The Masters at Augusta National is a revered event for golfers. Golf fans make the pilgrimage to Augusta, Georgia, to see the magical property and witness what many consider to be the greatest golf tournament in the world.
But what you also may have heard about are the food and drink prices at The Masters, which seem to be stuck in the 1970s. Sandwiches for $2.50, beers for 5 bucks? If The Masters had a gas station, it would probably be less than 50 cents a gallon.
So we know the prices are low, but is the food actually any good?
While I don’t have a “sophisticated palate,” per se, I did provide my rankings of the famous food items from The Masters below. It was my first time to Augusta, so these reviews are unclouded by previous experience.
Note: Keep in mind that the only thing I’m really qualified to do is play golf and write about it. I’m not a professional food critic, but I have in fact eaten food before.
The world-famous Pimento Cheese Sandwich
Score: 3 out of 10 Azaleas
It tasted like a mushy concoction of cream cheese, egg yolks, the sharpest cheddar ever and some unknown, vile flavor, which was probably from the pimentos.
The only reason it didn’t earn a 0 or 1 is because I’ve waited my entire life to try one, as it’s a staple of The Masters, so there was the whole fulfilling-a-dream factor. That was the last bite I took, and probably ever will.
Score: 10 out of 10 Azaleas
Absolutely delicious. The meat was perfectly cooked and juicy. The sauce had a sweet, tangy flavor. A little hot sauce kicked it up a notch, too (if you’re into that kind of thing).
Ham and Cheese on Rye
Score: 6 out of 10 Azaleas
You know what it tasted like? A ham and cheese on rye that cost $2.50. It’s the vanilla ice cream of Masters sandwiches. Put some extra mustard and Masters-BBQ chips on there, though, and you’re onto something.
Masters Club Sandwich
Score: 9 out 10 Azaleas
Ham and cheese AND turkey. There’s just something about the turkey/ham combination that takes this to the next level. Maybe it’s the hamburger bun with sesame seeds that gets it done, instead of rye bread.
Why 9 out of 10? A point was deducted because when faced with a decision between the BBQ and the club later in the day, I choose the BBQ.
Classic Chicken Sandwich
Score: 7 out of 10 Azaleas
It was a little cold for my liking, and didn’t have the crunch you’d expect from its appearance. But the seasoning was packed with subtle spices, and after a packet or two of hot sauce it wasn’t only edible, but delectable. I’d never choose it over the club or BBQ sandwiches, but don’t sleep on the classic chicken.
Masters Mini Moonpies
Score: 10 out of 10 Azaleas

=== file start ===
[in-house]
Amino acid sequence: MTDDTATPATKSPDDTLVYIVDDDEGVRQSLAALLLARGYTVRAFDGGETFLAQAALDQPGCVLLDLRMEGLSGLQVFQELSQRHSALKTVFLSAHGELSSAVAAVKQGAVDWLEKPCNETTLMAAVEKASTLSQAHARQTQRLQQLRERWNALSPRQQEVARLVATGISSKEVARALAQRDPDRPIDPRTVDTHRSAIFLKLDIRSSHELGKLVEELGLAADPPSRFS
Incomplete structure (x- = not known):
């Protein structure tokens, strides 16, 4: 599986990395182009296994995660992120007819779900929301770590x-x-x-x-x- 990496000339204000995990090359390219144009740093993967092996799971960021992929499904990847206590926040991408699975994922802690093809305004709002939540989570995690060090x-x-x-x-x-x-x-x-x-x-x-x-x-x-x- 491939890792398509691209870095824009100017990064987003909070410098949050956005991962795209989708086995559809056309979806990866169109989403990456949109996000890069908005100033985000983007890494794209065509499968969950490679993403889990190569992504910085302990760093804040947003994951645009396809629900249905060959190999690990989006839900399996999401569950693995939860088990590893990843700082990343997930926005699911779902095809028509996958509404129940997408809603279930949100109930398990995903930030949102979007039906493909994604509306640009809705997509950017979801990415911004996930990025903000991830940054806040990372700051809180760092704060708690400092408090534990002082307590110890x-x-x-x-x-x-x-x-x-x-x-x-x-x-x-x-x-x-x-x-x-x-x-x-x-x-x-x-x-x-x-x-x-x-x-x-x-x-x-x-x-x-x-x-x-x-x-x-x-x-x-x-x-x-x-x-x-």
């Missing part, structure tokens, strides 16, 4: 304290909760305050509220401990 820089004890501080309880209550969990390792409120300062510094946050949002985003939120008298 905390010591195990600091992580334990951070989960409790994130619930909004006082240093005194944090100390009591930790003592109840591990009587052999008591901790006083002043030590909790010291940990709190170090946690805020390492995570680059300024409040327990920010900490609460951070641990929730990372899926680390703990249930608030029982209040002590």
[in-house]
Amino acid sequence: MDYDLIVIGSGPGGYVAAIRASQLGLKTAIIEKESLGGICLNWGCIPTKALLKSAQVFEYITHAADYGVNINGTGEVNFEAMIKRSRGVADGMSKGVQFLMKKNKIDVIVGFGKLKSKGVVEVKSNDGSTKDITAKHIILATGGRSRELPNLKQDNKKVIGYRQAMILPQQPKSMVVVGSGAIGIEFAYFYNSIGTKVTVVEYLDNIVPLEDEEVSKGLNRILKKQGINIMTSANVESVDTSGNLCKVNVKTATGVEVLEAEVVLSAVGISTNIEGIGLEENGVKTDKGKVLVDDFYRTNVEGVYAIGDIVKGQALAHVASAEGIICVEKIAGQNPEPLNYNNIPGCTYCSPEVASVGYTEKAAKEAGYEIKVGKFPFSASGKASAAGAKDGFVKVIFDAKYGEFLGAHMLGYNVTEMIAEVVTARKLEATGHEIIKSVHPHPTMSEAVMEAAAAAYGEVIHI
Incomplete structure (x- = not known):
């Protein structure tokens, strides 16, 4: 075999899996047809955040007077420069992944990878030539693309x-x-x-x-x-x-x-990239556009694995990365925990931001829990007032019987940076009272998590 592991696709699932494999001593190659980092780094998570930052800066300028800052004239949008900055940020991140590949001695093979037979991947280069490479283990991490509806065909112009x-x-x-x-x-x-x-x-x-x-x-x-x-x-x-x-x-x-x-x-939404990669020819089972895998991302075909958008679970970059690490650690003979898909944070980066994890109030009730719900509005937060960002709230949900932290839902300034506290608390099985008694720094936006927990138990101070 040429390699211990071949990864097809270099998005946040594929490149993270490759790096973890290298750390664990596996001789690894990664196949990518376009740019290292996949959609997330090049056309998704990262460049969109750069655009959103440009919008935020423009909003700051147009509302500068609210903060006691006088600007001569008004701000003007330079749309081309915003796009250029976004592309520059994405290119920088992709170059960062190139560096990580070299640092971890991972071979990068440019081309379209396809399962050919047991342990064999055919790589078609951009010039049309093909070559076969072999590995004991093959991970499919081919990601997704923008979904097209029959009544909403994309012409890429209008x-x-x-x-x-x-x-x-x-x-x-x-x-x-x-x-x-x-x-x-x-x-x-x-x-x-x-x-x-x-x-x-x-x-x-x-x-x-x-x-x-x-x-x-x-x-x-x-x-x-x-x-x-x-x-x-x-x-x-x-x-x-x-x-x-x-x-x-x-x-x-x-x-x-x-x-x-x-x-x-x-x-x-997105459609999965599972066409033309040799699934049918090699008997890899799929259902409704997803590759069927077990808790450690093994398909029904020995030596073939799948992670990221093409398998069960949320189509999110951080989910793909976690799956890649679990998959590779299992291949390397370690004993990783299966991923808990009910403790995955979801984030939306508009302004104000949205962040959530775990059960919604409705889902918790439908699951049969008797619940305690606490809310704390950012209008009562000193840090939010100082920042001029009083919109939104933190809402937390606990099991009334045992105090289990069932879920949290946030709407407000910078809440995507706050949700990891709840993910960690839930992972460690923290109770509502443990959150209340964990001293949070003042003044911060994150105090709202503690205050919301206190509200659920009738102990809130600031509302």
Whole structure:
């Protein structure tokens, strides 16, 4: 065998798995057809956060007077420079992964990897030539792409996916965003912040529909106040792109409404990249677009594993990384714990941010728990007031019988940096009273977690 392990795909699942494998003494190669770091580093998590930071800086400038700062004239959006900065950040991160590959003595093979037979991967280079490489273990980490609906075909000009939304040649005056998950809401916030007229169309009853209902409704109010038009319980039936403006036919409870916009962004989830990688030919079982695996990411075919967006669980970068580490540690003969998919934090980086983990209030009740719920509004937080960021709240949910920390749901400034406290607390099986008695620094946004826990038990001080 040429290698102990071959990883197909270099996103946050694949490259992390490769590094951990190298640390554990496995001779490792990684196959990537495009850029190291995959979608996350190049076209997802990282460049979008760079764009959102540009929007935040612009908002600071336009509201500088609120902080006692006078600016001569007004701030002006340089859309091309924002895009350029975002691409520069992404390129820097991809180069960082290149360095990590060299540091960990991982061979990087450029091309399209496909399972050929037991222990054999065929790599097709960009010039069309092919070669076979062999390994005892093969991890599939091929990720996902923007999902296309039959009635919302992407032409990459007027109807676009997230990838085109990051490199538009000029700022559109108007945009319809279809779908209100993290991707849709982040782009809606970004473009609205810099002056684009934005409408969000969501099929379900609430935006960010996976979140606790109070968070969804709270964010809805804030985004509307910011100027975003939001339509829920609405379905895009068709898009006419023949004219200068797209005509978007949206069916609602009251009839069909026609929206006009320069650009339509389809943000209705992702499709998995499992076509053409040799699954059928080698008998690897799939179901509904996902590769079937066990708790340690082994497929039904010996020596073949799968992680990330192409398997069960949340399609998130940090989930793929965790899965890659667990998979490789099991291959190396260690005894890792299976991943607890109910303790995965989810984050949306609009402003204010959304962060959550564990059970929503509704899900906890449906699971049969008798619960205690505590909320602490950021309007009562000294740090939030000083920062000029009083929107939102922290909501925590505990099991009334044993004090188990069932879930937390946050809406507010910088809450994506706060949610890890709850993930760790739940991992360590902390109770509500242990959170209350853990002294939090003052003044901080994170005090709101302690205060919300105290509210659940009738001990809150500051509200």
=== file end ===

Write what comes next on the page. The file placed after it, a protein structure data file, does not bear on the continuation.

They taste exactly how they look. And they look incredible, don’t they? The dark chocolate outer-shell perfectly houses the crunchy graham cracker and soft marshmallow. They’re easily portable and endlessly tasty. If there were more azaleas available, the Masters Moonpies would earn the entire bouquet.
Club Junkie: Srixon ZX and TaylorMade SIM2 Max fairways and My top 3 drivers!
Masters hangover week is here! I have had the new Srixon ZX fairway out on the course and it is underrated as you would imagine. Reshafted the SIM2 Max 3w and it has been super consistent and comfortable. Talking about the top 3 drivers I have been hitting this year.
The Wedge Guy: The importance of a pre-shot routine
I believe one of the big differences between good amateurs and those who are not-so-good—and between the top professionals and those that can’t quite “get there”—lies in the consistency of their pre-shot routine. I read an interesting account on this subject after the final round of the 1990 Masters when Nick Faldo passed a collapsing Greg Norman. I know that was 30 years ago, but the lesson is just as relevant today.
This particular analyst timed the pre-shot routines of both players during the first three rounds and found that on the final day that Norman got quicker and quicker through his round, while Faldo maintained his same, methodical approach to every shot, not varying by more than a second or so. I think that is pretty insightful stuff.
Anytime you watch professional golf—or the better players at your club—you’ll see precision and consistency in the way they approach all of their shots. There is a lesson there for all of us—so, here are my ideas of how the pre-shot routine should work.
The first thing is to get a good feel for the shot, and by that, I mean a very clear picture in your mind of how it will fly, land, and roll. It is certainly realistic to have a different routine for full shots, chips and pitches, and putts, as they are all very different challenges. As you get closer to the hole, your focus needs to be more on the feel of the shot than the mechanics of the swing, in my opinion.
On any shot, I believe the best starting point is from behind the ball, seeing in your “mind’s eye” the film clip of the shot you are about to hit. See the flight path it will take, and on greenside shots, just how it will roll out. As you do this, you might waggle the club back and forth to get a feel of the club in your hands and take as many practice swings as it takes to “feel” the swing that will produce that visualized shot path for you.